Problems with plant foot sliding on artifical mounds


#1

Man I hate them. I would rather they just pitch off of flat ground. All my guys have problems with the plant foot sliding. I take a push broom and try to clean all of the sand out of the carpet. The league doesn’t allow steel cleats when pitching. We have tried several different tennis and cross-trainer shoes but cant get a good bite with them. Any have any suggestions on a good shoe to try. Has anybody tried the tennis shoe golf shoes?


#2

My 13YO son pitches mostly from turf mounds and likes turf shoes over molded cleats or tennis shoes.


#3

Do they work well when sand gets in the turf? That’s our problem than and finding shoes that fit. He wears a 14 EEEE


#4

I wear a 15 and I got mine from Boombah. They are the best IMO for synthetic turf mounds.


#5

2022Dad,
Thanks for the quick reply. Do ya’ll use the ones with small cleats on the bottom or the regular shoes?


#6

The ones with small cleats.


#7

ok. thanks. We will order some this afternoon when I get home and he decides what color he want.

thanks again.


#8

Son uses Under Armour turf shoes, I think they’re called something like ‘ultimate turf shoes’, they have little rubber nubs on the sole and work well on the local plastic mounds.


#9

We had two BP pitchers that used a mat to toss BP. When setting up the protective screen in front of the regular mound, what we didn’t want was to deteriorate the front of the mound with the constant landing - regardless how short that landing was, of the pitchers. Granted, BP pitchers usually don’t stride, they kind of short-step, and a quick snap-throw to the batters. Nevertheless, those repeated short-jab steps did take a toll on the surface condition of the mound.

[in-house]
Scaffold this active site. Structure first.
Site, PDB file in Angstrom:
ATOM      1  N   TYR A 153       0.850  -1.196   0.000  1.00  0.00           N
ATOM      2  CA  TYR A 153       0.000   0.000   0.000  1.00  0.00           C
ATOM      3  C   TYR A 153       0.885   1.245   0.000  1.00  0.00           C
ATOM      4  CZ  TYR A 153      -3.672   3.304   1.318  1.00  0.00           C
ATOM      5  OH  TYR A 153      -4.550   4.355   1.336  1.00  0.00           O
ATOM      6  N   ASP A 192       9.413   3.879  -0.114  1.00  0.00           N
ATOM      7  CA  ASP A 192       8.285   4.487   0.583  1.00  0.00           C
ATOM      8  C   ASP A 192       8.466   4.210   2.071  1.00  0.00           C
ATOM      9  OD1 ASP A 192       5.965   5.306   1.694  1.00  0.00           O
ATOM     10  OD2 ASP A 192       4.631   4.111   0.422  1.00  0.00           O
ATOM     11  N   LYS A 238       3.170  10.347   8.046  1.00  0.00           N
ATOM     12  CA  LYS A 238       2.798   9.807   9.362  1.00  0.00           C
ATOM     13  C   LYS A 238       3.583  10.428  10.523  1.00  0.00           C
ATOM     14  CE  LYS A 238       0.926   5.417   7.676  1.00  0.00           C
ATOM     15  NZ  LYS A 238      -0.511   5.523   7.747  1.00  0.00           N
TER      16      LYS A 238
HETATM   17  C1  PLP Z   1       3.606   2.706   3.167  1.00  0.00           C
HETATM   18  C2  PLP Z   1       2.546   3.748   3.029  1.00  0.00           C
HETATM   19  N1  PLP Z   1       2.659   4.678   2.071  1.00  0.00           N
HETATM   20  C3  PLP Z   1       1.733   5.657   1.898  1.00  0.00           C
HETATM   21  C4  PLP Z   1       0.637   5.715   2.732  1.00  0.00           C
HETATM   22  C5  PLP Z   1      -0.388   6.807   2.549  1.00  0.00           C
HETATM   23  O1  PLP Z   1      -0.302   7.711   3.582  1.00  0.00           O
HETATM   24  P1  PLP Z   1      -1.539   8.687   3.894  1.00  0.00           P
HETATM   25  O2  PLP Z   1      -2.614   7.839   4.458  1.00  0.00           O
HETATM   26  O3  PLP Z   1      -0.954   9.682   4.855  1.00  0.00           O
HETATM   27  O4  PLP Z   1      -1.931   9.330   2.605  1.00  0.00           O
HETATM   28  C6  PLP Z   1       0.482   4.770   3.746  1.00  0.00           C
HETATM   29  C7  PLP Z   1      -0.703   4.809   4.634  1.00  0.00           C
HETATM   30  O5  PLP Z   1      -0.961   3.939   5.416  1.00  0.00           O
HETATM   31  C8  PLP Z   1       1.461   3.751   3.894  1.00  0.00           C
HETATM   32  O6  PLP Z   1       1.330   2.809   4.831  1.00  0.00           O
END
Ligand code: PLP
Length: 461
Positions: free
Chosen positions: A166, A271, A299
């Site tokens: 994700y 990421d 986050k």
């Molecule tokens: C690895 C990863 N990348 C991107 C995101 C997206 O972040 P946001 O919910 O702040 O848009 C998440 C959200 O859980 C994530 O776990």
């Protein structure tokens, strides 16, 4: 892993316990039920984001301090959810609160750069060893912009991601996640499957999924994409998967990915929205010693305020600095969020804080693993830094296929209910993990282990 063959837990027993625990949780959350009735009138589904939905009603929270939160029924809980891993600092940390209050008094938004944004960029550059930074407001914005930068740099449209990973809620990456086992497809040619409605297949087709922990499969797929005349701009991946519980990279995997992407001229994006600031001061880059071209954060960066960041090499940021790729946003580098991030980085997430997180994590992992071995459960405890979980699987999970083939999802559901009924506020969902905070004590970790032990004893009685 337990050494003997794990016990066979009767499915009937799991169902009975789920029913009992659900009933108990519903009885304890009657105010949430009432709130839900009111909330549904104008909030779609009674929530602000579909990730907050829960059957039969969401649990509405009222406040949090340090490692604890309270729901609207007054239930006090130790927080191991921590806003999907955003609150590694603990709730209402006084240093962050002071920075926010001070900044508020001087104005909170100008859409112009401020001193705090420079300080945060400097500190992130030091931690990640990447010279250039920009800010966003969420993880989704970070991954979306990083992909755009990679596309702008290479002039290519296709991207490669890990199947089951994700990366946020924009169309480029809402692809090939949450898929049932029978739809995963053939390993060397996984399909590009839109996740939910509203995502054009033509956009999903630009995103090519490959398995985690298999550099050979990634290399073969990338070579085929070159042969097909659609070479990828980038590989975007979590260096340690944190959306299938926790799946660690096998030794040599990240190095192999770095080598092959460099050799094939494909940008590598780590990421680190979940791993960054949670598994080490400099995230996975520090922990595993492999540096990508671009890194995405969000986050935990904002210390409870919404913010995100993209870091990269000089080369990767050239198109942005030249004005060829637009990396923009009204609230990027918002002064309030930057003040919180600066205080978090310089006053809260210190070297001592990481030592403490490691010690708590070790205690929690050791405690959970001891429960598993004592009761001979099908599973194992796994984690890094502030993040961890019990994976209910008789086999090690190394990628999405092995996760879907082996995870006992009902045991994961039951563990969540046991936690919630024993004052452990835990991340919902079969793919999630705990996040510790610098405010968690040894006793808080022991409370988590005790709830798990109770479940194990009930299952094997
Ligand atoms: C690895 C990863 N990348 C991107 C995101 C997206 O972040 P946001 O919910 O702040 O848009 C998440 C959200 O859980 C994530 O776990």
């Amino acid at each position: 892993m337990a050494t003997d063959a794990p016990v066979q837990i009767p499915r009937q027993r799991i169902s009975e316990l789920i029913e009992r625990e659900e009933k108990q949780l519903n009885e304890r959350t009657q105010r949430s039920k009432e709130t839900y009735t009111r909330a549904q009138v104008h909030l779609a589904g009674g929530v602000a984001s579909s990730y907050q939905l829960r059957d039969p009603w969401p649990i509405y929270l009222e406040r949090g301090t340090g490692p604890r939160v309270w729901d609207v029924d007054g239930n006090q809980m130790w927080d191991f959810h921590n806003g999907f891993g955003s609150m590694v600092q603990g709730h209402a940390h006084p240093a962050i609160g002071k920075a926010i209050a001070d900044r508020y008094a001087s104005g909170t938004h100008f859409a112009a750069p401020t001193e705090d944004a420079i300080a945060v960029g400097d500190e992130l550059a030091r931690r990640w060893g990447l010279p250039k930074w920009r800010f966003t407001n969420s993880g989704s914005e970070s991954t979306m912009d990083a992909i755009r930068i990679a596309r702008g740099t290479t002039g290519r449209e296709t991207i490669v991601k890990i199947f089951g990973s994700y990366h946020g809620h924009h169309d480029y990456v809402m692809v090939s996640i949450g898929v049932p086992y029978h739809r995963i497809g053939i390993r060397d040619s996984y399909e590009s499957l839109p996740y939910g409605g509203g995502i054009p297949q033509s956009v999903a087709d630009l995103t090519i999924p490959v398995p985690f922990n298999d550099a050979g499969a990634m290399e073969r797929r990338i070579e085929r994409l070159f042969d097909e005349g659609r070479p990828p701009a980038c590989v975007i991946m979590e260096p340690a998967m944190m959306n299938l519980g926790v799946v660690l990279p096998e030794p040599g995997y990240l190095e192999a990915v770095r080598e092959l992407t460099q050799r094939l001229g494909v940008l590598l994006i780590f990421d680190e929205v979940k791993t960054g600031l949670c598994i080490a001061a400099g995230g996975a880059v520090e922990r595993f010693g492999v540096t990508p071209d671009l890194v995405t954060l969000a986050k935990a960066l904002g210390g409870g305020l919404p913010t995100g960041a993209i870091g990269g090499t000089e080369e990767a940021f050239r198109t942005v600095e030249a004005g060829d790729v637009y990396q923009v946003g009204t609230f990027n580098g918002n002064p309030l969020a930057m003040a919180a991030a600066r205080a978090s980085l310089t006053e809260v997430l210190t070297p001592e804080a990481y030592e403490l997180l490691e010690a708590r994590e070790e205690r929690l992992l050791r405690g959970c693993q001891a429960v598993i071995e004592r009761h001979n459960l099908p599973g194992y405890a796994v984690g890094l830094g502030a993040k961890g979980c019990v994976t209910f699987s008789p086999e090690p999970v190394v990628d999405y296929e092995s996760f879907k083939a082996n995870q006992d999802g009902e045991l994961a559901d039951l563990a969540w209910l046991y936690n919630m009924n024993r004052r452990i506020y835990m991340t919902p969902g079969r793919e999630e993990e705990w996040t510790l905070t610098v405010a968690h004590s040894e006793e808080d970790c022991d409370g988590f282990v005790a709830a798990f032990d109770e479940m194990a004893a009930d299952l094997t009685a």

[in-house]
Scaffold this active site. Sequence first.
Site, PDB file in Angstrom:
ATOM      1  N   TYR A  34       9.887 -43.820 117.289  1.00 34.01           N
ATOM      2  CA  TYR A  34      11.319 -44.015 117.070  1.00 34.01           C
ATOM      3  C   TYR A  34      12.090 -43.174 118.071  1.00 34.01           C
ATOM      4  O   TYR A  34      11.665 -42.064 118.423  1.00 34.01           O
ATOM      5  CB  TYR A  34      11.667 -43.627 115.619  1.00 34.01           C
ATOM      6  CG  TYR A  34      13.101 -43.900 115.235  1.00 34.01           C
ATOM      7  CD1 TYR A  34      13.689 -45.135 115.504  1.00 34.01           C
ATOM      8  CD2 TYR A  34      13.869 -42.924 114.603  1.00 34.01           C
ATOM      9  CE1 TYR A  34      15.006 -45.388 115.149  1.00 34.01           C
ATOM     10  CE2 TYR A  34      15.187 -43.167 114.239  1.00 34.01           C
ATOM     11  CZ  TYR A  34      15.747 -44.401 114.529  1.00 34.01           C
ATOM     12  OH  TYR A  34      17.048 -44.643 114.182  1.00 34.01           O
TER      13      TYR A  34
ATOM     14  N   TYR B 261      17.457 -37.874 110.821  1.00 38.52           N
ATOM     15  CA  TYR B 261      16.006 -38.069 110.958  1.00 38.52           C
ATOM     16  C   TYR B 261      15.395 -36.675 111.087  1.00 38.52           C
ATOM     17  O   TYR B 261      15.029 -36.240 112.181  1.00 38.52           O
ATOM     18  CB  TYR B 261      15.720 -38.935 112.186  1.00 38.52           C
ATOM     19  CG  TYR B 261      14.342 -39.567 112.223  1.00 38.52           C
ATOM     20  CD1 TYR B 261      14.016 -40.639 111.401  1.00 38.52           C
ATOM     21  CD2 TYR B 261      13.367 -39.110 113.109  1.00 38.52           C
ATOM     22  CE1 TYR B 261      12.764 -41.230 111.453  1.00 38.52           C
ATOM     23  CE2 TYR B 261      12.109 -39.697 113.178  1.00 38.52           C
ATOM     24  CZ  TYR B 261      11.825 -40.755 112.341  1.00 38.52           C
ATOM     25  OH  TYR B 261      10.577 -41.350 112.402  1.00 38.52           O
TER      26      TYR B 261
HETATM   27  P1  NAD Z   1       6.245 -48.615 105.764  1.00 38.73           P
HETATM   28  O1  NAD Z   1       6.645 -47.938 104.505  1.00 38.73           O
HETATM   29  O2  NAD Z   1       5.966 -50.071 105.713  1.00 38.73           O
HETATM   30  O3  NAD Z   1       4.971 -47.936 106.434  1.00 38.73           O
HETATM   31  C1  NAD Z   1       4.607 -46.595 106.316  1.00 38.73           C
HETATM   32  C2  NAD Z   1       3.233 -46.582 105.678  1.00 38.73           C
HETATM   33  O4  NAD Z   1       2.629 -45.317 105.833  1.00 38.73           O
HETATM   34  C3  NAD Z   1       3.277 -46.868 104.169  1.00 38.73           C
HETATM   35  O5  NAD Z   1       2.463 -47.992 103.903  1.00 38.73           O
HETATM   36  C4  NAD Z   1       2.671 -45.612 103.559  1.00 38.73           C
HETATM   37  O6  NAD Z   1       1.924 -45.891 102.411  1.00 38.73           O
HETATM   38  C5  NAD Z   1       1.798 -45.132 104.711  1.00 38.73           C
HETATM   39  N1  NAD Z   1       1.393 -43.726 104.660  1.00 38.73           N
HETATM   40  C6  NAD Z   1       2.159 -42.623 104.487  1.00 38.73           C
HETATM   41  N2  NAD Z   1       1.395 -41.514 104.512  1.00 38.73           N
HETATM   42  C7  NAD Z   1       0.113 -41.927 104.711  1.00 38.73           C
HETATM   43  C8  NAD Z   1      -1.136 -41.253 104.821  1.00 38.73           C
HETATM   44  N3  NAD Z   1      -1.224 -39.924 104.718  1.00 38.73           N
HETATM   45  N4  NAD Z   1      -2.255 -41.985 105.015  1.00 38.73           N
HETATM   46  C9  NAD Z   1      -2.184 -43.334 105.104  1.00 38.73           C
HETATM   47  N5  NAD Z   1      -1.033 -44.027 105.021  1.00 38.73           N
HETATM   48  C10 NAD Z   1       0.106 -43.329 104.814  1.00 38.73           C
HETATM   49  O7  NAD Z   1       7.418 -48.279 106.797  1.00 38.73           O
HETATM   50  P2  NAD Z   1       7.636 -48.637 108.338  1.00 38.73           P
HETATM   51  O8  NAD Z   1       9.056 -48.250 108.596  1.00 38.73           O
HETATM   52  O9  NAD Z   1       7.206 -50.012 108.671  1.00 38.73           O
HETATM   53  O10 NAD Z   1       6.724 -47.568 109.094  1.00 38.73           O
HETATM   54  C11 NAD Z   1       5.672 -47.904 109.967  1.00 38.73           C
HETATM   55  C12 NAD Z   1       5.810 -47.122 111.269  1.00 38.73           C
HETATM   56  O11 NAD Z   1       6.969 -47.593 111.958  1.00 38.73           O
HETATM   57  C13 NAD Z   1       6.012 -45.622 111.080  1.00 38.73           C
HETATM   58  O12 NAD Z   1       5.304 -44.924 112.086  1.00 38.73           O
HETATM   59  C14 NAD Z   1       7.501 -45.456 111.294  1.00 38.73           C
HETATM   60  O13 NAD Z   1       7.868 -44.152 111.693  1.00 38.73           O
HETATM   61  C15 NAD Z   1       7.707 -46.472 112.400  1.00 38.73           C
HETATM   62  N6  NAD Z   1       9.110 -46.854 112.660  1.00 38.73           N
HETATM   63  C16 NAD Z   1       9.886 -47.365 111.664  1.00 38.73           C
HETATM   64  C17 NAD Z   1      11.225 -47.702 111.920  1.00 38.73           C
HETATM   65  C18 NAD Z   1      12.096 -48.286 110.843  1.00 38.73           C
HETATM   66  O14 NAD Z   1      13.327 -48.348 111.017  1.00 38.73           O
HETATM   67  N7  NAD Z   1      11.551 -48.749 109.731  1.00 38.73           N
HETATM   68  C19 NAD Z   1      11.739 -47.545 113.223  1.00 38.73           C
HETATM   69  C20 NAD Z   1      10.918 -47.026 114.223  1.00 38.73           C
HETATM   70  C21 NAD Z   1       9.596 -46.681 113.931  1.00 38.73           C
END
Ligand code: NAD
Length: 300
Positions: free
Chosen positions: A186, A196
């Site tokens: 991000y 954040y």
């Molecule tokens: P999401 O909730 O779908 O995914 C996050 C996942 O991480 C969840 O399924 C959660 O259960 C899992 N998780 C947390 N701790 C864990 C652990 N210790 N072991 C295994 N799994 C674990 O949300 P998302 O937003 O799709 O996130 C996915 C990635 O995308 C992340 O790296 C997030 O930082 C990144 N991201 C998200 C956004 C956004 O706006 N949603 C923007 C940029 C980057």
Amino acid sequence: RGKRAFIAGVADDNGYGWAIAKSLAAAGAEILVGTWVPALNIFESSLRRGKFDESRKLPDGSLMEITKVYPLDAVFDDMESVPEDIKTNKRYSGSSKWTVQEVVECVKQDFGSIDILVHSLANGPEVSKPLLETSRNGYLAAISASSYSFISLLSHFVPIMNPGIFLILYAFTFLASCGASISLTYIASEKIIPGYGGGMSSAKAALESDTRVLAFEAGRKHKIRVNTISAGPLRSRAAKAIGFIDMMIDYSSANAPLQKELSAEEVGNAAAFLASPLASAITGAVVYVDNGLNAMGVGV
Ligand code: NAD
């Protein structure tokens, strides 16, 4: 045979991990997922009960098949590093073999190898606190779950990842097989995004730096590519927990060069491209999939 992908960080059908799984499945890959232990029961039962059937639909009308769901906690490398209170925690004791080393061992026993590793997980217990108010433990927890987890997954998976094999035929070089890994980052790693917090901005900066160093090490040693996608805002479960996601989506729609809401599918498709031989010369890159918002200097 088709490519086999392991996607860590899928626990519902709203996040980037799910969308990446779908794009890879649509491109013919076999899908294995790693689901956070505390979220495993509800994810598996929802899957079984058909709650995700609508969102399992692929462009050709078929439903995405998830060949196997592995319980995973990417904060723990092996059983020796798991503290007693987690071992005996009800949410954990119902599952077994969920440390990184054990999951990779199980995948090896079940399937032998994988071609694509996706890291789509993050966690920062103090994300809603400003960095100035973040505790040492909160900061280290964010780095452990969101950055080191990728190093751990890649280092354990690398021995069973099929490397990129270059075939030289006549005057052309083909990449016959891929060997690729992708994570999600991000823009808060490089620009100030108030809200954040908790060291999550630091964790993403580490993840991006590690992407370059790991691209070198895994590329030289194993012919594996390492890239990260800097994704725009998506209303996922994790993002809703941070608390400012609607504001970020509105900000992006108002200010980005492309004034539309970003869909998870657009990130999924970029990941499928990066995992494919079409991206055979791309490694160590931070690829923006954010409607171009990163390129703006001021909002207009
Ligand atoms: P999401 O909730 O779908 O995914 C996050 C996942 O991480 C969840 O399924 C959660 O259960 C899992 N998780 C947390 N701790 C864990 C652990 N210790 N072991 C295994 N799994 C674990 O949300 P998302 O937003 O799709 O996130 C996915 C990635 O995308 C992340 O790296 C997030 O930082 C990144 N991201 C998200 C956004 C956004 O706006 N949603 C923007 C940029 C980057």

The mat that put down was nothing more then a cheap rug, kind of.(nothing but the best with these guys.) In reality, it was a long hallway runner that stretched from the rubber to about ten (10) feet down the front of the mound. The benefit of which saved the expensive mound mix ( the cost to our club of resurfacing) and a darn good stable surface to land on.

So… you might want to try and purchase a cheap hallway runner rug, anchor it somehow to this artificial mound, and see how it works out for you.

If you have a condition where this equipment isn’t yours, but property of somebody else, you might want to talk to those people - person, about making this thing a lot safer and workable for everybody concerned. So what if the rug has blue and pink balloons on it - looking like a loaf of Wonder Bread … so what? Ours did… kind of lighten things up a bit in the process.


#10

As a college pitcher, who plays on turf about half of the time (typical midwest baseball), my teams pitching staff, as well as me, use molded cleats on all turf mounds. Even though we are allowed to use metal cleats, we believe that moldeds are the best when using artificial mounds. Also, they are usually lighter than metal cleats, so ideally we use them whenever we can, practice etc…